All the best !
Regards from Sweden ! :)
// Johan

I have the H2 and love it. The sound quality is excellent. It's easy to use and has been rugged. In fact, I'll be using it to interview some Olympic athletes in NYC tomorrow. I'll be interested in seeing if this new version is worth the price of an upgrade. 

 My question is?

Could it be a good mic to use in video capturing?

Directly plug in to camera and simultaneous as a back up ...

Does anyone got this kind of experience already? 

Or is it a stupid thought ?

Thanks

Hello,

Devices such as the Zoom H2n can record audio independently and is not connected to a camera. Videographers often use a separate recorder because it will delivery better results than the camera. You will have to sync the sound to the camera audio and video in post though.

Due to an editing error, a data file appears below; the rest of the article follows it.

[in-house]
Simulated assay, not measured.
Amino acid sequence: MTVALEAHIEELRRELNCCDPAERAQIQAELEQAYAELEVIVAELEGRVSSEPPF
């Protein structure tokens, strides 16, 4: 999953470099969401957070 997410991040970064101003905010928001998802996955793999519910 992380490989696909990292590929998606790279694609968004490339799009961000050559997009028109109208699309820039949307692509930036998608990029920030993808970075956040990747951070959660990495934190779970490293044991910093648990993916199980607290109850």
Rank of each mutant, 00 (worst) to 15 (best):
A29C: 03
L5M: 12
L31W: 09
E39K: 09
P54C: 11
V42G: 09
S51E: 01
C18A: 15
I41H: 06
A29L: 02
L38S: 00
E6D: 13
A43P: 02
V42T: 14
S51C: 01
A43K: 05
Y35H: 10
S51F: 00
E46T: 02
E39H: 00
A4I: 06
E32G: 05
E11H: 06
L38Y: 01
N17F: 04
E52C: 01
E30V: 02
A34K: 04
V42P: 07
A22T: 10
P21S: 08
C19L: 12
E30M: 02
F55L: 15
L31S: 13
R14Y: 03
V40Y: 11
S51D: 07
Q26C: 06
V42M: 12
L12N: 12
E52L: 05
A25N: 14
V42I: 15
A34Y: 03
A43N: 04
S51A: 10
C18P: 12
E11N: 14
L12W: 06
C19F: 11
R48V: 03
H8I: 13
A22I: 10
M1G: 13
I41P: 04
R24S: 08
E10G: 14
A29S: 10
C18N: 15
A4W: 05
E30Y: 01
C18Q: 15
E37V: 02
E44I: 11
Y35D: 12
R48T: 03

Singular Software's PluralEyes for Final Cut Pro is an indispensable addition to video post-production workflows in which audio was recorded separately from the camera, or when sound from multiple cameras needs to be synced up for editing. This is especially useful if you're shooting DSLR video and want to record professional-quality audio on portable recorders (such as the Zoom H4n or Tascam DR100). Whether you use a slate or timecode--or nothing at all--for reference, once you import the video and audio into Final Cut Pro, the PluralEyes plug-in will compare the external audio to that recorded by the camera and automatically sync the two together. No more fussing and tweaking and squinting at waveforms--not only bringing better organization to your production, but saving hours of precious time.

It's awesome as an external mic for video shoots.